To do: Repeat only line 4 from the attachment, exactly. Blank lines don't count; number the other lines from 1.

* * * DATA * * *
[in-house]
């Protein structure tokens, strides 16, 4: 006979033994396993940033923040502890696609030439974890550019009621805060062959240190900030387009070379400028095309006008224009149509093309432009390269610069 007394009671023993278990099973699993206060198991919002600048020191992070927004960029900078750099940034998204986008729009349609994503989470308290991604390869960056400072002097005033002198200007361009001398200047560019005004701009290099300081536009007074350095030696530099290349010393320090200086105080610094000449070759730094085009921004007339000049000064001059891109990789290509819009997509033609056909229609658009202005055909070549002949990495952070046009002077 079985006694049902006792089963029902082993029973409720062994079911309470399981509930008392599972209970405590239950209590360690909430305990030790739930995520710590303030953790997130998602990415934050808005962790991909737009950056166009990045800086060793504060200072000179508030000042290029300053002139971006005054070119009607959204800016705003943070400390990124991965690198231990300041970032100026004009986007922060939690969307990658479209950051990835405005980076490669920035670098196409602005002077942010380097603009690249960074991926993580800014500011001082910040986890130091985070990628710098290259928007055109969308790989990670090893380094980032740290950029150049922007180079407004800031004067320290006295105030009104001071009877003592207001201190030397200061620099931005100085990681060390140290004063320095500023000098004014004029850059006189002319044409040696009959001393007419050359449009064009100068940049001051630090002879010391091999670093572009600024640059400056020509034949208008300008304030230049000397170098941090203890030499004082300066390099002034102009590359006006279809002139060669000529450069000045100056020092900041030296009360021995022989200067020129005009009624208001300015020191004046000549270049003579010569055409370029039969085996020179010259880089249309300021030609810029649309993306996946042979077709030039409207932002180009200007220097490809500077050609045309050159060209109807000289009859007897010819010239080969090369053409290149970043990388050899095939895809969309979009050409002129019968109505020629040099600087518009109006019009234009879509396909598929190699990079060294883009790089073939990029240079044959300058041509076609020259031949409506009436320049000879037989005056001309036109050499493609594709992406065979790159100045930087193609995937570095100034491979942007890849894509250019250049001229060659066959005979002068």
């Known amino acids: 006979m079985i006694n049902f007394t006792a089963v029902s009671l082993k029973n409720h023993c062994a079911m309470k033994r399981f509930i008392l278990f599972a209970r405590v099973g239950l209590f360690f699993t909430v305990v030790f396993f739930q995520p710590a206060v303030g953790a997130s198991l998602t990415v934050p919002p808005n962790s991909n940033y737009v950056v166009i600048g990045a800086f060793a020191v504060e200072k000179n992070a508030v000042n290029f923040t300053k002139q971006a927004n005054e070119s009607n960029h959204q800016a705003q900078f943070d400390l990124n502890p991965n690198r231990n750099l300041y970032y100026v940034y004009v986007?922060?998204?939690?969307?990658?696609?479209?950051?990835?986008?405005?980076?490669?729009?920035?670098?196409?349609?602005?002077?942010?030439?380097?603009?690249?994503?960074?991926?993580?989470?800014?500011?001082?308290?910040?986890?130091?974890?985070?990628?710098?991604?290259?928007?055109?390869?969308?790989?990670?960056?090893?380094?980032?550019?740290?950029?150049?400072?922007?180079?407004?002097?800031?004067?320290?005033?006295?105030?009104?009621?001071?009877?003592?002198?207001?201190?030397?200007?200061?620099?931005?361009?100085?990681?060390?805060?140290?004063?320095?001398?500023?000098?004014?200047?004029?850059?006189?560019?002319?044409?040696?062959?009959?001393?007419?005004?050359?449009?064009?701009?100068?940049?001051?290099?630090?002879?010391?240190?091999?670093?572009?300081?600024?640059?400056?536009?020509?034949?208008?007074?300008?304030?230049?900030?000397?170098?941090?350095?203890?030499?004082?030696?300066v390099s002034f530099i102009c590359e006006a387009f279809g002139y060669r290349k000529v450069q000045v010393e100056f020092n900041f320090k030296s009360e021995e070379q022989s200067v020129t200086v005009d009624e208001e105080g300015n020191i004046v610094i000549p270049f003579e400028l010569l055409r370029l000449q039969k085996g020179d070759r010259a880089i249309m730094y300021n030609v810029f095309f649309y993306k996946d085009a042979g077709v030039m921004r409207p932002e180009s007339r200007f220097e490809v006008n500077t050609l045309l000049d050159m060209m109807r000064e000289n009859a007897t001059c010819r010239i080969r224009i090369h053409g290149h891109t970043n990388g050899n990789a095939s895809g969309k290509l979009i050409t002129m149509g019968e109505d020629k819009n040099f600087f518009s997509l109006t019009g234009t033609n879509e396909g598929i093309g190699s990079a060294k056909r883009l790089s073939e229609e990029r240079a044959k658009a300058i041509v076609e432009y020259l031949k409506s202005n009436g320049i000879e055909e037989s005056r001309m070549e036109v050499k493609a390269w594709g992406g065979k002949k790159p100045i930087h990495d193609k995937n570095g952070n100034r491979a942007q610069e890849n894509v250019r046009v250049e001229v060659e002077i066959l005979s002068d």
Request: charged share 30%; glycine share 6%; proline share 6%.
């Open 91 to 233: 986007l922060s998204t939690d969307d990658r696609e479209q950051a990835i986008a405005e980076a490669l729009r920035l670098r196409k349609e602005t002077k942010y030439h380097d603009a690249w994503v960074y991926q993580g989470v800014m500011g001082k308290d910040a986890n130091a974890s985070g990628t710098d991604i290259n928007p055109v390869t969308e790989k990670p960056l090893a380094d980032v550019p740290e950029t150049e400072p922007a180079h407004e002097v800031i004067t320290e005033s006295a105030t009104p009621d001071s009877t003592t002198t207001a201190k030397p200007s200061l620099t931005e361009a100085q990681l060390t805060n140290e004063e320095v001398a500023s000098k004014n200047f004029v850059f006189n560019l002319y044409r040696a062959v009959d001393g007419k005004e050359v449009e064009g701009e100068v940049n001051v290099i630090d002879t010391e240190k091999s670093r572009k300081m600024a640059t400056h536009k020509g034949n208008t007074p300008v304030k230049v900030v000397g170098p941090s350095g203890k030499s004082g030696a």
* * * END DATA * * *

Request: charged share 30%; glycine share 6%; proline share 6%.